Mumbai crosses 100% first vaccine dose coverage
As of 9.30pm on Saturday, 9,253,624 persons in Mumbai had received the first dose of the vaccine that helps guard against severe infection and death by Sars-CoV-2, the virus that has infected 253,436,774 people worldwide
Ten months after the nationwide Covid-19 vaccination programme was rolled out on January 16,Mumbai achieved 100% first dose coverage on Saturday.
As of 9.30 pm on November 13, 9,253,624 persons had received the first dose of the vaccine that helps guard against severe infection and death by Sars-CoV-2, the virus that has infected 253,436,774 people worldwide. The city’s target adult population is officially 9,236,546.
According to the government-run CoWin platform, more than six million (nearly 65% of the target population) had received the second dose in Mumbai as of Saturday night.
There are currently two vaccines that form part of the national vaccination programme, and which are being rolled out in the city: Covidshield, manufactured by the Serum India Institute (SII) in Pune and developed by Astra-Zeneca and Oxford University; and Covaxin, an indigenous Covid-19 vaccine developed by Bharat Biotech and the Indian Council of Medical Research (ICMR). Apart from this, Sputnik produced by Russia’s Gamaleya Research Institute is also available in private centres. There are three other vaccines that have received Emergency Use Authorisation (EUA), but these are not available in the market at present.
Mumbai launched the first phase with just 10 vaccinations centres. The city gradually increased the centres — it now has 462 public and private vaccination centres with a capacity to conduct 23,000 vaccinations every day. Getting here was not easy. One of the main challenges that the civic body faced was supply crunch. In the initial days of the national vaccination programme, when it opened up to include all adults above the age of 45 (starting April 1), the supply of vaccines from SII and Bharat Biotech could not match the demand that surged around the country. At the same time, the city also began to experience a deadlier second wave of the pandemic, forcing the state into another partial lockdown between April and August. As a result several vaccine centres remained shut for days on end.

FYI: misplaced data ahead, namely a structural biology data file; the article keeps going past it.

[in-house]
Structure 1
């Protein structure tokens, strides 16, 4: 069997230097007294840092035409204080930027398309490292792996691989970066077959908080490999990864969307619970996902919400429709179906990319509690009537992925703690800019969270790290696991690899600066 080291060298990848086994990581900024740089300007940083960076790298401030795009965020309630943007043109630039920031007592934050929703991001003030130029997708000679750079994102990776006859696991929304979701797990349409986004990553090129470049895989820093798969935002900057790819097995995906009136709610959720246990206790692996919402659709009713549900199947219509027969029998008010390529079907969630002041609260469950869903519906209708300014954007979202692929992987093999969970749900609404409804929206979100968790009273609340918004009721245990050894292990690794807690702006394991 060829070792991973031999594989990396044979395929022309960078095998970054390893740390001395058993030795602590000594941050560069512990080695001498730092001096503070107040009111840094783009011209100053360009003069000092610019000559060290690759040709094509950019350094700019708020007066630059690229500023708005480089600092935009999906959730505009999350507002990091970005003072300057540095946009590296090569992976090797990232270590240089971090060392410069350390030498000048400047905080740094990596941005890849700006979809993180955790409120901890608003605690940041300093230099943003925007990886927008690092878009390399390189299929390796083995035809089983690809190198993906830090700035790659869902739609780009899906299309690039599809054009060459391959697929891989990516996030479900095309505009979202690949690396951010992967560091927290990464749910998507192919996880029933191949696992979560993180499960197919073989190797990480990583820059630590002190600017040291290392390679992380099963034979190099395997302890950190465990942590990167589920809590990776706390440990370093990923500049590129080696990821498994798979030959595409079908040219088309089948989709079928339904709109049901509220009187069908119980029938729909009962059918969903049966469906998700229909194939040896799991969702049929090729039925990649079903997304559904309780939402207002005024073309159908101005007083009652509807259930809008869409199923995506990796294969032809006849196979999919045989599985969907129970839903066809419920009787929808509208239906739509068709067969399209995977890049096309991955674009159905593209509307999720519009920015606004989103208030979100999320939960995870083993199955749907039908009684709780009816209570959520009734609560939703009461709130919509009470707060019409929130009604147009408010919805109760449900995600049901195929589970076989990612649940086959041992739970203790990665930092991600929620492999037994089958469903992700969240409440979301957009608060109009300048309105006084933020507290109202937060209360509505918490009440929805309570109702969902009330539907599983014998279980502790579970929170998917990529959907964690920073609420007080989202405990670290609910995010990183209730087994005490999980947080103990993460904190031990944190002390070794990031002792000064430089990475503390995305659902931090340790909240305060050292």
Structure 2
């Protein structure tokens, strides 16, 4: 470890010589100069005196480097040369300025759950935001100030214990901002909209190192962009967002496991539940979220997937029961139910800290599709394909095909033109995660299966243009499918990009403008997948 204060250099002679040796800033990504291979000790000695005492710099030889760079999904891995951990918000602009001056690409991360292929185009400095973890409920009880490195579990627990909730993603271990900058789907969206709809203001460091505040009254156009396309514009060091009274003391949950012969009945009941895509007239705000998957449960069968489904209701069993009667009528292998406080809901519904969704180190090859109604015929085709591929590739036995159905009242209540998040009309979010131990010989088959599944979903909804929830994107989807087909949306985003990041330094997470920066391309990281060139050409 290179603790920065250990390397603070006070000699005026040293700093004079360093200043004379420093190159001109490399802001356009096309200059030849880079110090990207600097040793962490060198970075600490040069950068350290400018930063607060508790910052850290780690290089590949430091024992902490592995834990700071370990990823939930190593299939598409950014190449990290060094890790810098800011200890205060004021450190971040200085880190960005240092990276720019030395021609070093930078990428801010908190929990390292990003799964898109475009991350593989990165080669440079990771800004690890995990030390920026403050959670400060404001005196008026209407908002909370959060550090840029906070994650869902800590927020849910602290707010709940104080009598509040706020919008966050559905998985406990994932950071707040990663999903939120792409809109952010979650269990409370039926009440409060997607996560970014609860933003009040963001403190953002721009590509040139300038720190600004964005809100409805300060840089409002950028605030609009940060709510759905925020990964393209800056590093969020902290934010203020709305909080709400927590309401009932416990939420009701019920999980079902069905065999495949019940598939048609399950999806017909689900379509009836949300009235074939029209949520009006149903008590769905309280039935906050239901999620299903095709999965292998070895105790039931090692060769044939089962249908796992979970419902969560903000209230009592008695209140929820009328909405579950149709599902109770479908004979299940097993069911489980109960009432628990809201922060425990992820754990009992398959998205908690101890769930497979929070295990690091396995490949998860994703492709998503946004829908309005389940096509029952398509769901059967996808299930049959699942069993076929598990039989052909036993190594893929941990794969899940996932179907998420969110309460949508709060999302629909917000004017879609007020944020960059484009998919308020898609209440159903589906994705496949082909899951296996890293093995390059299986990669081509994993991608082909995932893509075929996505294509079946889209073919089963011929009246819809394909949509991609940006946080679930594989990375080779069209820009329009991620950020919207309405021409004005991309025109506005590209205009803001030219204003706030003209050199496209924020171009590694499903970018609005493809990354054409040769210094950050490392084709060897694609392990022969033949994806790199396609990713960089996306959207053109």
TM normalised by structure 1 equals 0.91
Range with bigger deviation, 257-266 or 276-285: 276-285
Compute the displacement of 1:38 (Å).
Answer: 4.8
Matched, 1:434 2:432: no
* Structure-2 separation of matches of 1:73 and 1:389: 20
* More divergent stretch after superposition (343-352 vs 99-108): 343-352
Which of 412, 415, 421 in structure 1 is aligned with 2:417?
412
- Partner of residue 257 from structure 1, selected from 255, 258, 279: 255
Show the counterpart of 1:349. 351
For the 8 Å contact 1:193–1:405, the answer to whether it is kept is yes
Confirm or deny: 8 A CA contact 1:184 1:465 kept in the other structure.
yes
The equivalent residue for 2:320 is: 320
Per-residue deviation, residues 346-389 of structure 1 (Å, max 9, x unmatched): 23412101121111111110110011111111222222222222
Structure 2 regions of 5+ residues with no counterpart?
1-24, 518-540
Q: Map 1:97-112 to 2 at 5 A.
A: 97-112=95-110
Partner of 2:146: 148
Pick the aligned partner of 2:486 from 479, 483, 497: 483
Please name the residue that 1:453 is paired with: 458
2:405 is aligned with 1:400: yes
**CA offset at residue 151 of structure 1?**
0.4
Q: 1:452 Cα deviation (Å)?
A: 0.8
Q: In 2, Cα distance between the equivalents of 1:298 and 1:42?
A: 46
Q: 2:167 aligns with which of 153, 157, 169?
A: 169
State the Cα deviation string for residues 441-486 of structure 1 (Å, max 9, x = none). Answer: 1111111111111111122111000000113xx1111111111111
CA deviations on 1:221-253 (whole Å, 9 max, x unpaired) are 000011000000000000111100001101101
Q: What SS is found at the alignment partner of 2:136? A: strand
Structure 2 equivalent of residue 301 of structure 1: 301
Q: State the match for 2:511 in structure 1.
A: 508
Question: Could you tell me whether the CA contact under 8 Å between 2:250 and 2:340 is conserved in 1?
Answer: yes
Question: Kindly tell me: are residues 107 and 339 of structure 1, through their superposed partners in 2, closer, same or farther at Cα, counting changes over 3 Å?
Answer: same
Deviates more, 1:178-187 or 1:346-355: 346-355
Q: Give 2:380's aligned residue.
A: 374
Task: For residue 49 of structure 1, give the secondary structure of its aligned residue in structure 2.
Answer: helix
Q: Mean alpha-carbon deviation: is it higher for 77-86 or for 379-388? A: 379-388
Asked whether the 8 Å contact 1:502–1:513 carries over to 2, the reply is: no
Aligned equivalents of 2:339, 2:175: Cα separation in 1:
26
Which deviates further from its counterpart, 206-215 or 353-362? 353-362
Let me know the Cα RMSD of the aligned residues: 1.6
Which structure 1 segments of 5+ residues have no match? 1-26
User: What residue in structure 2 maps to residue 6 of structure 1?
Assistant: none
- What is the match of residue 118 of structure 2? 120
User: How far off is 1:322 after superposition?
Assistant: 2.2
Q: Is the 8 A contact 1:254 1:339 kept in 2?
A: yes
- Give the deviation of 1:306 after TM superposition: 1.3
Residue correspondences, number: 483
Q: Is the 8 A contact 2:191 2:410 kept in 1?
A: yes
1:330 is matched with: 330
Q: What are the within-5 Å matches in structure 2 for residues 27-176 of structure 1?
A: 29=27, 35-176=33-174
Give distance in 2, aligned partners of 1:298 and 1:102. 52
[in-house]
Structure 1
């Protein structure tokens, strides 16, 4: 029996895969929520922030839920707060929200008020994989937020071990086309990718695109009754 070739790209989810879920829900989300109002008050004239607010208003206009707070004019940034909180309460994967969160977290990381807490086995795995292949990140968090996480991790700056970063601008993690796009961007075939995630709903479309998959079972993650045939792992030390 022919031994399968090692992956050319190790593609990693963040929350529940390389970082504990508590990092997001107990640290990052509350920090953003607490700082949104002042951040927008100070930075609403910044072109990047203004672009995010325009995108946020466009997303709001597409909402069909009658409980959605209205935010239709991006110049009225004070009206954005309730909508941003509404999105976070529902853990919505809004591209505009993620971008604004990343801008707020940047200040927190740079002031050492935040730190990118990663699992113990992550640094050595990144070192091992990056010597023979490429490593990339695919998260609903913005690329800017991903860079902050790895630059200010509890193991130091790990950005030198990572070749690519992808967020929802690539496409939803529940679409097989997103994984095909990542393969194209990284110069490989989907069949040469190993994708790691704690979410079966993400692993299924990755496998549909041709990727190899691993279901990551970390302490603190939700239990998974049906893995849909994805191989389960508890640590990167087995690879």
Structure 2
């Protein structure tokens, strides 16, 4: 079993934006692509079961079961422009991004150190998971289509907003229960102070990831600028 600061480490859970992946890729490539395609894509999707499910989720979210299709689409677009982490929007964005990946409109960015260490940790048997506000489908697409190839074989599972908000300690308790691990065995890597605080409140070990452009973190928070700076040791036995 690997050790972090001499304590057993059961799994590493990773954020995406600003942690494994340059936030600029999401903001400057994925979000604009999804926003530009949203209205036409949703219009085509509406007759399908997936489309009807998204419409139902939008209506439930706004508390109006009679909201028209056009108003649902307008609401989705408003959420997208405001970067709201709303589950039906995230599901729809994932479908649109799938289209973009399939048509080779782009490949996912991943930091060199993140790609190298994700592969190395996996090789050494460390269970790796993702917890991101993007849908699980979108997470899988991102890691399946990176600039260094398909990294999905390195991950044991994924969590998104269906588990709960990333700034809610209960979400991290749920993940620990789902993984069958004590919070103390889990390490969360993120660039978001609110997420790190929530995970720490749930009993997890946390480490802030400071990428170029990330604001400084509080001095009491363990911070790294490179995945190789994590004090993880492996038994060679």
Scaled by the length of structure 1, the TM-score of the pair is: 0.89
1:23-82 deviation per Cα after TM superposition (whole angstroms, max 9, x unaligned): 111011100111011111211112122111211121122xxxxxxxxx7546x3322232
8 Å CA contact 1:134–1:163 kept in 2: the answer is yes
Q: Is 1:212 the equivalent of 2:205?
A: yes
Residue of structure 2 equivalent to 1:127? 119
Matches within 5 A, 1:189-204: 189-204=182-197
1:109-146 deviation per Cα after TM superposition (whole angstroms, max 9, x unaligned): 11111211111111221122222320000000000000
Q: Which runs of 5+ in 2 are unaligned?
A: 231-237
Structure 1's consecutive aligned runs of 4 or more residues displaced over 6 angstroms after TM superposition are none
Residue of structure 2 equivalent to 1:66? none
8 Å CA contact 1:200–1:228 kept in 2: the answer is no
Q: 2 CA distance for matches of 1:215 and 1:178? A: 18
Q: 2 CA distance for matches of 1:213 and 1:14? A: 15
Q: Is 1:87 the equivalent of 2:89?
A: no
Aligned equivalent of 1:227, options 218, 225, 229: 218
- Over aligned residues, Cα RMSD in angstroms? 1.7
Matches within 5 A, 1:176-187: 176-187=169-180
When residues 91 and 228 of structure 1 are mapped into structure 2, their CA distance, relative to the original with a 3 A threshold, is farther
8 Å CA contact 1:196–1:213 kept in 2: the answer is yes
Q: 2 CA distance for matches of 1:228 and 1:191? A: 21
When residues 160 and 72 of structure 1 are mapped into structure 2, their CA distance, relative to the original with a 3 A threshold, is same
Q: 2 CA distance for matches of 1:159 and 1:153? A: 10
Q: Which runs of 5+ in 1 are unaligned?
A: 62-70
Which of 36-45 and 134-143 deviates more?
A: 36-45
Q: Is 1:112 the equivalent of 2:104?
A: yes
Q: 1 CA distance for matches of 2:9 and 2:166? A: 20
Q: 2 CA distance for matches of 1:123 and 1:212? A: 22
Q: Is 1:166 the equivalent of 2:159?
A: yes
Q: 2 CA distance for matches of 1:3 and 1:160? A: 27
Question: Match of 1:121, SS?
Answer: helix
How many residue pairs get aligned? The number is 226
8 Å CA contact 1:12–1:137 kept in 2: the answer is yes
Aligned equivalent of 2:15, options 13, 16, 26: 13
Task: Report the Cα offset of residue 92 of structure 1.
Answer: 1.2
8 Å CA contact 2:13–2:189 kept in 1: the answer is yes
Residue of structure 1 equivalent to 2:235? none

The civic body developed a communication strategy that informed people of which centres were open on any given day, and the number of doses available. Even so, many centres ran out of supply leaving citizens stranded.
“No other district in the country has managed to reach the 100% target in such short time,” additional municipal commissioner Suresh Kakani said. “It has been a collective effort. We achieved it because of the sincere contribution of all municipal workers, private hospitals, NGOs and people on the ground,” he said.
To be sure, the city’s statistical milestone though significant does not imply that every person in Mumbai has received one dose of the vaccine. The civic body estimates that nearly 20% of the population which has received the vaccine came from other parts of the Mumbai Metropolitan Region (MMR) or other districts. Besides, a small percentage of the population are still choosing to remain unvaccinated due to hesitancy. For instance, a door to door vaccination drive conducted by the Thane Municipal Corporation in the past four days reached out to around 20,000 unvaccinated adults. The BMC has also started a similar exercise to enumerate the number of people who are as yet unvaccinated — BMC field staff are making residential visits around the city to ask Mumbaiites whether they have been vaccinated or not. Their job also entails convincing these persons to get vaccinated and to follow up with residents.
Reaching the milestone
According to Kakani, decentralising vaccination centres played a crucial role in achieving the target. As the city moves to increase its first dose coverage beyond 100% and achieve the second dose target, new, micro strategies are being designed.
“In the coming days, we will implement newer, vigorous strategies to get every single person in the city vaccinated. There will be door to door campaigns, mobile vaccination drives, camps in slums pockets with lower coverage and targets to achieve 100% vaccinations in housing societies. These strategies will help reach us to every single person,” he said.
Infectious disease expert and member of Maharashtra’s Covid-19 task force Dr Om Srivastava said, “It definitely means that the city has is more protected, but this should not be taken as an excuse to let our guards down. The virus is unpredictable, and there are countries that are seeing large number of cases even now. France, for instance has now announced that they are experiencing the fifth wave,” he said.
According to Srivastava, Russia, which has high vaccination coverage is also going through a similar surge. “It is difficult to predict how the virus will behave in different countries, despite vaccination,” he said.
On Friday, World Health Organization’s director general Dr Tedros Adhanom Ghebreyesus highlighted that Covid cases were not only surging in countries in Eastern Europe with lower vaccination rates, but also in countries with some of the world’s highest vaccination rates in Western Europe.
”Mumbai’s has shown us that 100% vaccination is achievable. Other districts in the country should follow suit,” Dr Naveen Thacker, a former representative to GAVI, the vaccine alliance said that coverage offers hope at a time when schools and colleges are reopening and lockdown restrictions have been lifted. “This wide coverage should be a good barrier between the city and the anticipated third wave,” he said.